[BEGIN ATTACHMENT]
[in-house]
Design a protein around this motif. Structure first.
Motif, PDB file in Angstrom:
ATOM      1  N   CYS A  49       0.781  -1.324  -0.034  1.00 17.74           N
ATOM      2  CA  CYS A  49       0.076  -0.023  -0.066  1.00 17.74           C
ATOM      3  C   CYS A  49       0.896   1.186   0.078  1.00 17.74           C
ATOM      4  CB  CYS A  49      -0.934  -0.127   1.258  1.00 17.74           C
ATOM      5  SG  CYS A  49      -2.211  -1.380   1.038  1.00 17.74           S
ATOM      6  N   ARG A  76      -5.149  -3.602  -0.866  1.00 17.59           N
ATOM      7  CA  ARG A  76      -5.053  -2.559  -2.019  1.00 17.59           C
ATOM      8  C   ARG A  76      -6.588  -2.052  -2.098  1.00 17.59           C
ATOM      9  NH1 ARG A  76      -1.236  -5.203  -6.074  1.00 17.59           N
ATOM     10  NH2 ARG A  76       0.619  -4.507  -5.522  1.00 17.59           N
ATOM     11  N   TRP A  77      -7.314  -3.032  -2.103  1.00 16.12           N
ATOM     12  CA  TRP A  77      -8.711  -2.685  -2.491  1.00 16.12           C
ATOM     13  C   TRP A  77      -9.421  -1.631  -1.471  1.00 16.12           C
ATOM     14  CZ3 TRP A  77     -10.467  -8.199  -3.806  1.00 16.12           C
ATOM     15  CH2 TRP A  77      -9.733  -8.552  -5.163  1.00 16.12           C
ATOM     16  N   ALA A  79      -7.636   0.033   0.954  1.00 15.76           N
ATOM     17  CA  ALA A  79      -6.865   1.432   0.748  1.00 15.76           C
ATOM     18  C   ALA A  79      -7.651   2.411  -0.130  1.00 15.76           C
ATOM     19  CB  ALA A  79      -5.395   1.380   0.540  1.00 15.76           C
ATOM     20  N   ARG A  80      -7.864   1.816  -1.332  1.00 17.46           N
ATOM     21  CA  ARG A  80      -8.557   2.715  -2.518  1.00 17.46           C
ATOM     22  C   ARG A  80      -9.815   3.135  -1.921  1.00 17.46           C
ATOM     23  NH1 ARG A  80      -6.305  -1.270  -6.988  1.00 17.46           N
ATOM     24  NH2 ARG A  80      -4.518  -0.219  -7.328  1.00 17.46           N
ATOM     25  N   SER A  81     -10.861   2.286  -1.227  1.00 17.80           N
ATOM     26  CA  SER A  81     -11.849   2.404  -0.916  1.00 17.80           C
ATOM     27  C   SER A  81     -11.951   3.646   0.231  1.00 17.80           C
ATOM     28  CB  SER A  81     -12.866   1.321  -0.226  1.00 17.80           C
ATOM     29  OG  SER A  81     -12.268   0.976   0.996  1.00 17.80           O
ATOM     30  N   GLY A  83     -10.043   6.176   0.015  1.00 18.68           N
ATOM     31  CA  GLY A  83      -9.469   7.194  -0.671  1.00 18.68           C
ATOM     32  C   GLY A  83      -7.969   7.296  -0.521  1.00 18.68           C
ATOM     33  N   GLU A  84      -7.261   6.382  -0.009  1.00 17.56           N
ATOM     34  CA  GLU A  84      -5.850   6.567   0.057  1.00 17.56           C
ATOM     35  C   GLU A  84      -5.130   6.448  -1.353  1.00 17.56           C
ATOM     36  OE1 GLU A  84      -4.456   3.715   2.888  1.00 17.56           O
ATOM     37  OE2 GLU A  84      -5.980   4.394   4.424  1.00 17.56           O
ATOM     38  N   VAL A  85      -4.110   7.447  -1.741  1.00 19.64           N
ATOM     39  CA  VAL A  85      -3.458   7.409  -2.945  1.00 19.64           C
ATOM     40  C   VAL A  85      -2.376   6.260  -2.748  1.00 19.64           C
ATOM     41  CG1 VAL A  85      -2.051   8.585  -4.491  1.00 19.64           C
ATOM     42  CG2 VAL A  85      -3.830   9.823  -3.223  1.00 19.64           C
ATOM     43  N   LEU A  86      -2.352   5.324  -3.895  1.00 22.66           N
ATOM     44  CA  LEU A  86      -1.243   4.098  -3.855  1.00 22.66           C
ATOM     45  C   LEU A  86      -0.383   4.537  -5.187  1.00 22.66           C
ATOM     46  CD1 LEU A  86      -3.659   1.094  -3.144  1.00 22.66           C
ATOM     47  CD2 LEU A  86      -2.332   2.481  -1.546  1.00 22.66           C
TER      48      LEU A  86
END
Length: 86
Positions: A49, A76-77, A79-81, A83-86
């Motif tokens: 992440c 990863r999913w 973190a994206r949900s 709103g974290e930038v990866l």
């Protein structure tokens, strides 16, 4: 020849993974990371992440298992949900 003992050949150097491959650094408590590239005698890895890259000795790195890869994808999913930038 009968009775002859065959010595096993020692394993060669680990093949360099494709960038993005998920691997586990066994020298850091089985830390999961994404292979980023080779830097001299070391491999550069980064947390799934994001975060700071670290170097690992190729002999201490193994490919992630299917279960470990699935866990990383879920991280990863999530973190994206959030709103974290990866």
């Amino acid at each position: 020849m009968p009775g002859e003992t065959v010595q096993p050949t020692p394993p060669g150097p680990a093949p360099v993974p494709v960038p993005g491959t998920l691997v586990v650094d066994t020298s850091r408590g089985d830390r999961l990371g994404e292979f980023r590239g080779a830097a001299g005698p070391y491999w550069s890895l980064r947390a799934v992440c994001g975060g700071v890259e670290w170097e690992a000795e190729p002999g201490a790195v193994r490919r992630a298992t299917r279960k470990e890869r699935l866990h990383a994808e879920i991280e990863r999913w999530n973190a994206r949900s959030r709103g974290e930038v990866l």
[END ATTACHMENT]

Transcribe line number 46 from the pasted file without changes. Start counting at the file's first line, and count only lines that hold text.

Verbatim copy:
ATOM     43  N   LEU A  86      -2.352   5.324  -3.895  1.00 22.66           N